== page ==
Girl On Girl?

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Who knew what trouble the VMA nominations could make? Nicki Minaj, took to Twitter to vent her frustrations about the industry’s sustained disregard for the efforts of Black Women in music. Oddly Taylor Swift took Nicki’s comments “If your video celebrates women with very slim bodies you will be nominated for vid of the year” as a ‘shade’. In the days that followed Nicki’s few and poignant Tweets managed to spark an international Twitter discussion about the discrimination and difficulties of being a black woman in the music industry- namely the struggle to be recognised and celebrated.


The by-product of there only being a little bit of spotlight available to female musicians (let alone female musicians of colour) can be a lot of fighting in the hen house- women being ‘pit against each other’ to fight for the spotlight. But Minaj never sought to call out other artists, only to highlight a fault in the system. While many magazines and online platforms seemed to miss the point entirely with headlines like “Nicki and Taylor Twitter beef” or “Nicki shades Taylor”. But people on social media were quick to call out the hypocrisy of these platforms, pointing out the use of images where Minaj looked crazy while Taylor was poised and perfect; feeding into the old and tired angry black girl narrative. Not to mention the media painting the brief Twitter exchange as a full on girl-on-girl beef, when it was a misunderstanding at best.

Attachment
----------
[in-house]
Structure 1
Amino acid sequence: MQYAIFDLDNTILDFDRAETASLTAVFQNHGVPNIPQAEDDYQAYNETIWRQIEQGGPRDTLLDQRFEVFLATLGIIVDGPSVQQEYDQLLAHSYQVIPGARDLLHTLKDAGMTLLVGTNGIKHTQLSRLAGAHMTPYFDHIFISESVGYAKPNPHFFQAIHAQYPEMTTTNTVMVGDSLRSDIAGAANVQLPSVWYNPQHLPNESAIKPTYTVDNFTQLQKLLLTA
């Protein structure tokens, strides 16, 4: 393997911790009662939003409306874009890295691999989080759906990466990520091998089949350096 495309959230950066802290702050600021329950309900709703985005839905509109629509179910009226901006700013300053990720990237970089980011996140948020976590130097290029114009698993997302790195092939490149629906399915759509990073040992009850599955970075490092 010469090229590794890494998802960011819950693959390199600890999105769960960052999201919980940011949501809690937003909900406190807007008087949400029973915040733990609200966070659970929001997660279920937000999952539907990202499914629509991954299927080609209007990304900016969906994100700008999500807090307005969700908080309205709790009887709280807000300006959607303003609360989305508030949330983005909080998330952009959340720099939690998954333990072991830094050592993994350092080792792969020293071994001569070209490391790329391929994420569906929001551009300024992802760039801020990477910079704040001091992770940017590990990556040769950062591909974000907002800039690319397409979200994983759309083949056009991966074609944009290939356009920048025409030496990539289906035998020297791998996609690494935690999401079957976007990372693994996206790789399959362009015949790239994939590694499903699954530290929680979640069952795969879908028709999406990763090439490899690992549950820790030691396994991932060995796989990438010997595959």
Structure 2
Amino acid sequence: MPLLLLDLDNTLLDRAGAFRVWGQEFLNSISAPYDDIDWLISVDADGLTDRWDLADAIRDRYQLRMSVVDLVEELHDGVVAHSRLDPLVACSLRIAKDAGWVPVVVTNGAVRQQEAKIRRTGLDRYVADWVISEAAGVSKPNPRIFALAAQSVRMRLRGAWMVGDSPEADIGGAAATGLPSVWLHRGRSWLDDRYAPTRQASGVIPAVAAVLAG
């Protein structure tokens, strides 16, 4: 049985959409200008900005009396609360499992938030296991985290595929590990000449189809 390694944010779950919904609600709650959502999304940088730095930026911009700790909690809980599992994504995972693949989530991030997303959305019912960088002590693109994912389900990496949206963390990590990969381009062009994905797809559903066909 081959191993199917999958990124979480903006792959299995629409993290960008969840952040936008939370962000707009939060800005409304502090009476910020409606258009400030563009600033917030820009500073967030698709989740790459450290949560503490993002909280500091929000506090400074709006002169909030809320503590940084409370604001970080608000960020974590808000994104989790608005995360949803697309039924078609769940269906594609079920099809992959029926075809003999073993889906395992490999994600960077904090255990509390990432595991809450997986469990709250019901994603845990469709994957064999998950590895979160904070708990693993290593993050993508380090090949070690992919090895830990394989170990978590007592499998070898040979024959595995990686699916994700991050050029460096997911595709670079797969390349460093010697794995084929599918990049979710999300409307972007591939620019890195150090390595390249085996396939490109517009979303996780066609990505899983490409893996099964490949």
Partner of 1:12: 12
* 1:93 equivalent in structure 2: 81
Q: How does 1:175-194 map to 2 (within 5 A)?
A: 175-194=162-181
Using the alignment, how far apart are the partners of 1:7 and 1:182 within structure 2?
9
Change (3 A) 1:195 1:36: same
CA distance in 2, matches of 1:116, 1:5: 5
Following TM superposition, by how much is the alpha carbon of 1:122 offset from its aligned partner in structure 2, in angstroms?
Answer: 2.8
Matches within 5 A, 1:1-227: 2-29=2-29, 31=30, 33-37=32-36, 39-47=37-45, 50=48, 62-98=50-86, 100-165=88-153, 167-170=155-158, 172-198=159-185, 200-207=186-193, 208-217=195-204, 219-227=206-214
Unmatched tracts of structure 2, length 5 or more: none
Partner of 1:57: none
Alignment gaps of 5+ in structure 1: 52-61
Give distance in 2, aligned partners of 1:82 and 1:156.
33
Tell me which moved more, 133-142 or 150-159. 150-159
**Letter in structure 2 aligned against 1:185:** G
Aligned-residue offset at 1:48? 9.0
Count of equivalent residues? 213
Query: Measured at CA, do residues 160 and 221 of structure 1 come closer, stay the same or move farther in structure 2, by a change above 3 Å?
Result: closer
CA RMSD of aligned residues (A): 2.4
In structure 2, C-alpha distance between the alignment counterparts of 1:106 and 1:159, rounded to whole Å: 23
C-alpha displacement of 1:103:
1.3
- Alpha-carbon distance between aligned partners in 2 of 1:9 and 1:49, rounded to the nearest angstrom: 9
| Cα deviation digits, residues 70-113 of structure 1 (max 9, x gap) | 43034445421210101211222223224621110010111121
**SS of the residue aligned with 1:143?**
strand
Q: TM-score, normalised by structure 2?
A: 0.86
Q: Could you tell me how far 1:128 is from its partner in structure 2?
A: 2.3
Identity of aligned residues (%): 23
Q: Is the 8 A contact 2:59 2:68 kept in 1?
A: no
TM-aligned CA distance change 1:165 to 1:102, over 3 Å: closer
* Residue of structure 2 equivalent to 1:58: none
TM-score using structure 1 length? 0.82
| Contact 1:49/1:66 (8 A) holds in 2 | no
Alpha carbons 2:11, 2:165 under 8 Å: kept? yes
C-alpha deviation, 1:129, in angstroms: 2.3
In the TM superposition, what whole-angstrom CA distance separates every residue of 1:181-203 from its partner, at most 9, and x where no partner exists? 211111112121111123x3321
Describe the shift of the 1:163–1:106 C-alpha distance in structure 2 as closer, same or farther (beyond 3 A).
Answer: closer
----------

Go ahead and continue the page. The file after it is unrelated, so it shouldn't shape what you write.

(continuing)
Social media is proving itself to be a powerful tool in providing a forum for real dialogue about topical social issues. What’s more it now seems to be helping us to strike a balance by keeping check on mainstream media.

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